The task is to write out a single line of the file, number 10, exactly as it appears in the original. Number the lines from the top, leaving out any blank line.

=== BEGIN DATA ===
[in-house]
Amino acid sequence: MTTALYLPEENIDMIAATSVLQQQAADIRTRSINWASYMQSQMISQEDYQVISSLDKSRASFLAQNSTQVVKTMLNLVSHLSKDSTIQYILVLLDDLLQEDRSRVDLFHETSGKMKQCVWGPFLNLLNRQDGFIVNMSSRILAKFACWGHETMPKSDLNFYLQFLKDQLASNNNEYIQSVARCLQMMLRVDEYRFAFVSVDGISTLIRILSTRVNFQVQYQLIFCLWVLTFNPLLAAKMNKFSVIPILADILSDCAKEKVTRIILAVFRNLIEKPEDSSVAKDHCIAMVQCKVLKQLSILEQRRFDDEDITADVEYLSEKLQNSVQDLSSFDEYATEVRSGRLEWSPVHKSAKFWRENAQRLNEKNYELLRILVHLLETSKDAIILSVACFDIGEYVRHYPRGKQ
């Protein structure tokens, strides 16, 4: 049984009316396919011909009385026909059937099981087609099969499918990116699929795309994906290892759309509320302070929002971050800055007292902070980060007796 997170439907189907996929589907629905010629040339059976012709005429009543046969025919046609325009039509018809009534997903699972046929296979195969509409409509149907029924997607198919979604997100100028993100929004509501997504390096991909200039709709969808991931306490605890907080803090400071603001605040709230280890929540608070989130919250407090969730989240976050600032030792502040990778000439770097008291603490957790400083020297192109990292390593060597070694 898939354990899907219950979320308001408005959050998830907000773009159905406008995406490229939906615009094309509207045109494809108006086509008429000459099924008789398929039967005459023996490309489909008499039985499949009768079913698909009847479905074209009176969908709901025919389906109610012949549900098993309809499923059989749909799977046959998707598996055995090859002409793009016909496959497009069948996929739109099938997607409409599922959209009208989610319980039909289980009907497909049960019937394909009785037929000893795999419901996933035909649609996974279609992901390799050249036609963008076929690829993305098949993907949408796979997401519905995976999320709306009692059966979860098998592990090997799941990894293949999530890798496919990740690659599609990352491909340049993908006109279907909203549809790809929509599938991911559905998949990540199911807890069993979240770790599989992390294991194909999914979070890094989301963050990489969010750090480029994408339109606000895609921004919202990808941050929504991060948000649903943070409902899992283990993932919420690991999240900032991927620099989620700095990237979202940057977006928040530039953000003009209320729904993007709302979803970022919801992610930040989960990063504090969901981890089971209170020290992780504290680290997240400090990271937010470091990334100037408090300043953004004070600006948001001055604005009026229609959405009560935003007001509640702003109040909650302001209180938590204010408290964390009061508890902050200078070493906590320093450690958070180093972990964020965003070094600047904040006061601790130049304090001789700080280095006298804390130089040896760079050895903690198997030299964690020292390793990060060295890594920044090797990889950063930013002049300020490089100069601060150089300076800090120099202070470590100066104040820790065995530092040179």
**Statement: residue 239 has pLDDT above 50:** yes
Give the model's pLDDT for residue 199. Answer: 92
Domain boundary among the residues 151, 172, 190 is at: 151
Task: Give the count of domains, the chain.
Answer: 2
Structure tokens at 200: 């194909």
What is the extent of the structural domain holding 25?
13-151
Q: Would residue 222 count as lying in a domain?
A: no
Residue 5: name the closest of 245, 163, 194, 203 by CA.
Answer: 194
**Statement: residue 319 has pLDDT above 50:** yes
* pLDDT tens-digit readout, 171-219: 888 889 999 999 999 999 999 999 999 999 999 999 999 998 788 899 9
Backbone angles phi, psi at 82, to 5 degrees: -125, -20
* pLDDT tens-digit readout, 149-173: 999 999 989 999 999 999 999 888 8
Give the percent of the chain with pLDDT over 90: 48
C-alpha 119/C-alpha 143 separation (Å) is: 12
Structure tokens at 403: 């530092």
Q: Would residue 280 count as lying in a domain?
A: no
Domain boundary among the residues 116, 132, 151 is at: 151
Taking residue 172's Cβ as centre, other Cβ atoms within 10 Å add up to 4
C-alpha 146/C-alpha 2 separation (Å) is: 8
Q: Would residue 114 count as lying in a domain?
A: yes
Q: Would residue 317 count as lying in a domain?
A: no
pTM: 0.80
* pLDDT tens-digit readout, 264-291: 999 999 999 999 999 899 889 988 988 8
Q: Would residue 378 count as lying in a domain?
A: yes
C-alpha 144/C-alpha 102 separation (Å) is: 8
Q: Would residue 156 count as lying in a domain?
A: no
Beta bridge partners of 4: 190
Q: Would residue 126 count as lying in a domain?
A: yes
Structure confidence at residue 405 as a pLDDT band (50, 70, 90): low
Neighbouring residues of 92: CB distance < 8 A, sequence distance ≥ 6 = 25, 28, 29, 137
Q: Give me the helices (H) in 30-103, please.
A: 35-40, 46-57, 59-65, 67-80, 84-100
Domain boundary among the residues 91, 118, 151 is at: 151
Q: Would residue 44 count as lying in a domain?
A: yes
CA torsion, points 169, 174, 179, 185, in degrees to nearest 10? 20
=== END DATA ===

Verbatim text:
What is the extent of the structural domain holding 25?